In all experiments, infection was established with an axenic inoculum of G. muris devoid of bacterial and/or viral contaminants as previously described (44). T-cell donor animals were separated into two groups: sham-treated control donor (CD) animals received 0.2 ml of sterile phosphate-buffered saline (PBS) by orogastric gavage; infected donor (ID) mice received 2 × 105 live, axenic G. muris trophozoites suspended in 0.2 ml of sterile PBS (106 trophozoites/ml). Lymphocytes were collected from the superior mesenteric lymph nodes (SMLNs) of donor mice 6 days after either inoculation with the axenic trophozoites suspension or sham vehicle. Day 6 was selected in light of the microvillous brush border and disaccharidase abnormalities seen at this time of a primary experimental infection (44). SMLNs were aseptically excised from the mice, pooled, and placed in chilled, sterile Hanks' balanced salt solution. A single-cell suspension was achieved by the gentle grinding of the lymph nodes between the frosted ends of two microscope slides. This cell suspension was centrifuged at 800 to 1,000 × g for 5 min at 4°C. The pelleted cells were then resuspended in 5 ml of sterile PBS, and viable cells were counted on a hemacytometer by trypan blue exclusion and adjusted to a concentration of 5 × 107 cells/ml.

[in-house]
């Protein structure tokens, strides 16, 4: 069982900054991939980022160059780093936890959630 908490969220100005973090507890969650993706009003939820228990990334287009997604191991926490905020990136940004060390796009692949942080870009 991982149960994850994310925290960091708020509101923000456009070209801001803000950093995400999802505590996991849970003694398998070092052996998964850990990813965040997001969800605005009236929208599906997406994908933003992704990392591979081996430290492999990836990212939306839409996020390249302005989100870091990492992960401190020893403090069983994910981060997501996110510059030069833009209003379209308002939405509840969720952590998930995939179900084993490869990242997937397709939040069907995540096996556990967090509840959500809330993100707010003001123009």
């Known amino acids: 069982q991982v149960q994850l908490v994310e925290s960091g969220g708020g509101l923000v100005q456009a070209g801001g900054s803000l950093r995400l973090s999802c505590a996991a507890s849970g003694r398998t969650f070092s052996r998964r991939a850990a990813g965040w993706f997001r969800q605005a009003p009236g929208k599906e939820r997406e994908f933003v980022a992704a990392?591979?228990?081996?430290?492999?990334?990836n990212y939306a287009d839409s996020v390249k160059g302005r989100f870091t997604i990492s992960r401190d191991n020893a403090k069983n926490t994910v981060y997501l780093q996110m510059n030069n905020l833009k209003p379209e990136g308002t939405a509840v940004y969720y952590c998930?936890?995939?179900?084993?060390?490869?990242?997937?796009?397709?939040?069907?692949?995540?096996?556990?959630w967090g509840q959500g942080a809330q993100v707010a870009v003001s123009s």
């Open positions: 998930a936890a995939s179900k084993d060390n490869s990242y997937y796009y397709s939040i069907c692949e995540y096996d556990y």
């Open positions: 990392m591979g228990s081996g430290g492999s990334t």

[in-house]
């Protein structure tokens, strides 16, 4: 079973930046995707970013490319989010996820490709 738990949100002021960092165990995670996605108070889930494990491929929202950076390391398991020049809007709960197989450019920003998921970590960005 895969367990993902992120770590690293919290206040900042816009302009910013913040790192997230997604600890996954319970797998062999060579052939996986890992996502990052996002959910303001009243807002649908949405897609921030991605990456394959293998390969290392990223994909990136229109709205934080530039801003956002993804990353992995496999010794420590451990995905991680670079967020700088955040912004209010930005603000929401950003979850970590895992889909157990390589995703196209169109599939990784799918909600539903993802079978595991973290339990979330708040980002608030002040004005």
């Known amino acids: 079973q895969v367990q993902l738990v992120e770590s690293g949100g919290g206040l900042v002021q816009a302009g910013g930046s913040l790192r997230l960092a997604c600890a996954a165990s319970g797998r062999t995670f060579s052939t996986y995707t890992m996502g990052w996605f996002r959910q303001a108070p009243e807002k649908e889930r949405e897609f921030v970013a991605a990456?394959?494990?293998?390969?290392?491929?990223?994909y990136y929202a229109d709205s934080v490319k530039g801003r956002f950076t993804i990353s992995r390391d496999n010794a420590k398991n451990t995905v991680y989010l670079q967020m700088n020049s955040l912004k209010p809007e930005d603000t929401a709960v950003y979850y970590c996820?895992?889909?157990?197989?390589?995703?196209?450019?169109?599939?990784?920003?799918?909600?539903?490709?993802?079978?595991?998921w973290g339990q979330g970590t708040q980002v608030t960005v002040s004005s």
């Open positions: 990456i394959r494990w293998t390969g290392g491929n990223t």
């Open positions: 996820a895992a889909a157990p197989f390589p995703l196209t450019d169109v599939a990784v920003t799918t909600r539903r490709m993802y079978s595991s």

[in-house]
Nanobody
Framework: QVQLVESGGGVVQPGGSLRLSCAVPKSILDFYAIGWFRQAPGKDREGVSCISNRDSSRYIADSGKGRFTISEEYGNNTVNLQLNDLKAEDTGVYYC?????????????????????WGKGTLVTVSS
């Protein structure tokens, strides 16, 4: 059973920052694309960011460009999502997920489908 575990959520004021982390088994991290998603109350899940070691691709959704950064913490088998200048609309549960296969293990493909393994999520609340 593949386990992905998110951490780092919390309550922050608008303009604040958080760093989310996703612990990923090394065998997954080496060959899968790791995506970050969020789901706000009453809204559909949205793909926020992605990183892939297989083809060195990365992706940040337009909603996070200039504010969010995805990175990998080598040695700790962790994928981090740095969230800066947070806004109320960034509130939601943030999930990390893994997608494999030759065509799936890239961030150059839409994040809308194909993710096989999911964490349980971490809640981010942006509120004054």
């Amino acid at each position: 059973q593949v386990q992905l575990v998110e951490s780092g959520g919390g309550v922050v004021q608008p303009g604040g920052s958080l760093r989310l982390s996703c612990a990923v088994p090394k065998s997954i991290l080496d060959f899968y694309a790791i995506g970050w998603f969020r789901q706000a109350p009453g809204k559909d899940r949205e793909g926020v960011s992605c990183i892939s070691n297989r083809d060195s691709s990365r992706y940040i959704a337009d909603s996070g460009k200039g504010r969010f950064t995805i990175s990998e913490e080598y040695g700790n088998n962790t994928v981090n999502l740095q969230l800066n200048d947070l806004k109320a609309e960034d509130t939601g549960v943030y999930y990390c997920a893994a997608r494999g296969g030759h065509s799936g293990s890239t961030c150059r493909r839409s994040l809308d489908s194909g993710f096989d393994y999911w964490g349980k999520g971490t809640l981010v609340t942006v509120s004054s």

Purification of CD4+ and CD8+ T lymphocyte population.

T-cell purification was performed using the MidiMACS magnetic cell separation system according to manufacturer's protocols (Miltenyi Biotec, Auburn, Calif.). Cells were suspended in MACS buffer (154 mM NaCl, 2.2 mM Na2HPO4, 8 mM NaH2PO4, 1.99 mM EDTA, 5% bovine serum albumin) to a concentration of 107 cells per 95 μl. Magnetic microbeads (5 μl/107 cells) specific for murine CD4 (L3T4) or murine CD8 (Ly-2), (both from Miltenyi Biotec) were used to capture the desired cells in the LS separation column (Miltenyi Biotec) and allowed the flowthrough of undesired cell types. The purity of each enriched population was assessed by fluorescence-activated cell sorting analysis and checked for contaminating aerobic and anaerobic bacteria using serial dilutions spread into plates with Columbia blood agar (5% defibrinated sheep blood, 37°C, 5% CO2 [for 24 and 48 h]), MacConkey agar (37°C and 5% CO2 [for 24 and 48 h]), or brucella blood agar (5% defibrinated sheep blood, 37°C [under anaerobic conditions for 48 and 72 h]) (all from Bacto, Difco Laboratories). The resulting purity of CD4+ and CD8+ T cells was over 92% as determined by flow cytometry (23, 38), and the cell preparations were devoid of bacterial contamination (data not shown).

T-cell adoptive transfer studies.